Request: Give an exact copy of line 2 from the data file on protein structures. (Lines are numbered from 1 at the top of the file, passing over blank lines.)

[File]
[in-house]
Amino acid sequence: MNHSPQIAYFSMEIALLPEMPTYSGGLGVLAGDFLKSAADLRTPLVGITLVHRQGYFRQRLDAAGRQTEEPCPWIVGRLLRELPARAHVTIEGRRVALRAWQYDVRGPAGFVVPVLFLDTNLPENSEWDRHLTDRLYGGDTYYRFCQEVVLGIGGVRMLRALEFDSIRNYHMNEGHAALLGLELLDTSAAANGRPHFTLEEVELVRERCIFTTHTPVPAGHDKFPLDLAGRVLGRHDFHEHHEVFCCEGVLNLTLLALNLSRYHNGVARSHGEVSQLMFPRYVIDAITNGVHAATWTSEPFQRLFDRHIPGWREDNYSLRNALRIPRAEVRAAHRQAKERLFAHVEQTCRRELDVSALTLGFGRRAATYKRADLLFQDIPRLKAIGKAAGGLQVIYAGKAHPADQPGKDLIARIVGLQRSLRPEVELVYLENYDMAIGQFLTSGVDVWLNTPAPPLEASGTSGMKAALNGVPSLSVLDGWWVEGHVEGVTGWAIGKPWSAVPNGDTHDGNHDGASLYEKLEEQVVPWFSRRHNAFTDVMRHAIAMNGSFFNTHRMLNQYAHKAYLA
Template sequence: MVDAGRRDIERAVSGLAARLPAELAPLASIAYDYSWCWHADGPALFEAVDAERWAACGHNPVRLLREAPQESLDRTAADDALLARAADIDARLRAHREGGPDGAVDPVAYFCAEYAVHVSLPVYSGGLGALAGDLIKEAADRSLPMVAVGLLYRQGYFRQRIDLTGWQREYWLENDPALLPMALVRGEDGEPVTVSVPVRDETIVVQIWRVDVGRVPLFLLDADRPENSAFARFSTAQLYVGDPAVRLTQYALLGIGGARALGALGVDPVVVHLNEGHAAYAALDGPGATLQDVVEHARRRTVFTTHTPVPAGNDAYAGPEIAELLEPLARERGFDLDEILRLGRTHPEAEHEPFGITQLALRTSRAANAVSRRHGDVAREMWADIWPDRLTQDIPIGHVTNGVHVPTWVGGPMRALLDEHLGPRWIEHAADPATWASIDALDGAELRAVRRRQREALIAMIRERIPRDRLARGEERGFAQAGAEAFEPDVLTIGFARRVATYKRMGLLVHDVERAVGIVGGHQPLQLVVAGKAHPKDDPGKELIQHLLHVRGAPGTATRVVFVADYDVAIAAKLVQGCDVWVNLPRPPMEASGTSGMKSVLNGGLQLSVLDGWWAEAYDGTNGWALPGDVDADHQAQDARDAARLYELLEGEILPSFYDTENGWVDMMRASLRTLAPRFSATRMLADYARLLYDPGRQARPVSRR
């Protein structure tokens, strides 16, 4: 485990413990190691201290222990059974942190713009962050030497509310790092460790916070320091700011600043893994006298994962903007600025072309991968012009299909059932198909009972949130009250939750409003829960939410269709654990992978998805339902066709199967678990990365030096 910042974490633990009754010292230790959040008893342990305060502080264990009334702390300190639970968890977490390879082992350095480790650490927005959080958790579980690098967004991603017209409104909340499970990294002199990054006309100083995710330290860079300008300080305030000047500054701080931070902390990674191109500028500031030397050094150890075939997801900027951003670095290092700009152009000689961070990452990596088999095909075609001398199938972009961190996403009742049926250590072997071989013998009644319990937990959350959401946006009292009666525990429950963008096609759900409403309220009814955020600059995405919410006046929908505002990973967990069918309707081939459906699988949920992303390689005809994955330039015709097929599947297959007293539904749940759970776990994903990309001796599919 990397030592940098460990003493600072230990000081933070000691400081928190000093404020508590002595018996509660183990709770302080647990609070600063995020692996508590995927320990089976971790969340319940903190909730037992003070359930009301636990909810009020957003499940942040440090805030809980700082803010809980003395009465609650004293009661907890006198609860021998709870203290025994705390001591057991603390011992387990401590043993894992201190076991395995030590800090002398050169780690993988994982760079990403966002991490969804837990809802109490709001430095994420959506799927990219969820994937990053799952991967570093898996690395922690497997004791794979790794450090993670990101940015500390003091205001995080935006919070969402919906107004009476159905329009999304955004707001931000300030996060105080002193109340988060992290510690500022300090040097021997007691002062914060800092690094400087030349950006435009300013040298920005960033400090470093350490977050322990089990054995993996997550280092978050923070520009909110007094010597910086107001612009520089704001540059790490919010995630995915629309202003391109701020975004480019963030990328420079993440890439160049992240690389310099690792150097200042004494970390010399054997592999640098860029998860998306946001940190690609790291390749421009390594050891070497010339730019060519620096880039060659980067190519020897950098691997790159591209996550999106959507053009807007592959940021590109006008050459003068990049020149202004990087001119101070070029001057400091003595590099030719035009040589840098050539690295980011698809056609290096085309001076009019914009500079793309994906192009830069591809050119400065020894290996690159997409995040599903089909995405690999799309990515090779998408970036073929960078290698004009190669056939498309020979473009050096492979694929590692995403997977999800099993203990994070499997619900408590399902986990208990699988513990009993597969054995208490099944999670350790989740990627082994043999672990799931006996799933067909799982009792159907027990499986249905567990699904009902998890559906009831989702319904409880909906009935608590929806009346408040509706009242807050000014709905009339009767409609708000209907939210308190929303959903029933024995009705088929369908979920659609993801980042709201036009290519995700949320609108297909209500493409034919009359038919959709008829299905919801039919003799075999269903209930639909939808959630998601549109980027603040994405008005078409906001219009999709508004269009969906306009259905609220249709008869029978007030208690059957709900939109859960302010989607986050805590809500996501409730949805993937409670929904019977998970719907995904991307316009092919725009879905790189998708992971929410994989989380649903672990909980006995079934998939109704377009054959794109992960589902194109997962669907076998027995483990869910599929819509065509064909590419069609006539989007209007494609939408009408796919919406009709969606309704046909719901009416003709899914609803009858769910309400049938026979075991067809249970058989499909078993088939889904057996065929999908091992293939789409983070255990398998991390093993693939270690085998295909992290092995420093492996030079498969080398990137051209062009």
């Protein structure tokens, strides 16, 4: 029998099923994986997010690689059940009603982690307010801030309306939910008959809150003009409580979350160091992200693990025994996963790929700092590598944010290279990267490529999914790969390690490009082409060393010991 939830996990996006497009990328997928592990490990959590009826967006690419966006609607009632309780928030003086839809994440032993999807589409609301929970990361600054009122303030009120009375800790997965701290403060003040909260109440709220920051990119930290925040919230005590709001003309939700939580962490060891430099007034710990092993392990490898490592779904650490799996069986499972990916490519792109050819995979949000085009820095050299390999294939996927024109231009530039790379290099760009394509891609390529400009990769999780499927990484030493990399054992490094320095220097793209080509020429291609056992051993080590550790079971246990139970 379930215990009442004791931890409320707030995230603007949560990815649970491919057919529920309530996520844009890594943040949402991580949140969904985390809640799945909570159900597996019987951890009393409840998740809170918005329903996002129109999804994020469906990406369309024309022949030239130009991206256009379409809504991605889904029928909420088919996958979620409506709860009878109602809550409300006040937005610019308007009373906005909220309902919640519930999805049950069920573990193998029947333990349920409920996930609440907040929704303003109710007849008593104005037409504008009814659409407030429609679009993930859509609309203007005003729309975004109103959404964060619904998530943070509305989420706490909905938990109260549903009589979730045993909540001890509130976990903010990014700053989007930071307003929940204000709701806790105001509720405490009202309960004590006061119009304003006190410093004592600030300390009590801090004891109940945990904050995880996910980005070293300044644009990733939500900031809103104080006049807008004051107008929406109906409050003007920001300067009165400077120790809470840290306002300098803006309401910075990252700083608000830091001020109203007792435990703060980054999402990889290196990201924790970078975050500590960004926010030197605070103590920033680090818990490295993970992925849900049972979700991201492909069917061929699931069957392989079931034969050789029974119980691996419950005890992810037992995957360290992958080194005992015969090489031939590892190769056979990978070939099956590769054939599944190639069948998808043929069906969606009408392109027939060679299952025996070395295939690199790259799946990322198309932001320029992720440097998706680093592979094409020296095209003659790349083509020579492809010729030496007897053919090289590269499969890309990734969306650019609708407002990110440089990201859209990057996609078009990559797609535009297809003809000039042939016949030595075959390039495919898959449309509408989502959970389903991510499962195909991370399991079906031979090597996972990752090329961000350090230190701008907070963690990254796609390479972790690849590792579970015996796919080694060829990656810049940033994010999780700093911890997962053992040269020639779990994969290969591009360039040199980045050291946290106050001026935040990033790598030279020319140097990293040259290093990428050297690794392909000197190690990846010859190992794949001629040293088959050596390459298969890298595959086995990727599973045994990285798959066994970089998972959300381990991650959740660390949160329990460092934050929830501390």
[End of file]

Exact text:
Amino acid sequence: MNHSPQIAYFSMEIALLPEMPTYSGGLGVLAGDFLKSAADLRTPLVGITLVHRQGYFRQRLDAAGRQTEEPCPWIVGRLLRELPARAHVTIEGRRVALRAWQYDVRGPAGFVVPVLFLDTNLPENSEWDRHLTDRLYGGDTYYRFCQEVVLGIGGVRMLRALEFDSIRNYHMNEGHAALLGLELLDTSAAANGRPHFTLEEVELVRERCIFTTHTPVPAGHDKFPLDLAGRVLGRHDFHEHHEVFCCEGVLNLTLLALNLSRYHNGVARSHGEVSQLMFPRYVIDAITNGVHAATWTSEPFQRLFDRHIPGWREDNYSLRNALRIPRAEVRAAHRQAKERLFAHVEQTCRRELDVSALTLGFGRRAATYKRADLLFQDIPRLKAIGKAAGGLQVIYAGKAHPADQPGKDLIARIVGLQRSLRPEVELVYLENYDMAIGQFLTSGVDVWLNTPAPPLEASGTSGMKAALNGVPSLSVLDGWWVEGHVEGVTGWAIGKPWSAVPNGDTHDGNHDGASLYEKLEEQVVPWFSRRHNAFTDVMRHAIAMNGSFFNTHRMLNQYAHKAYLA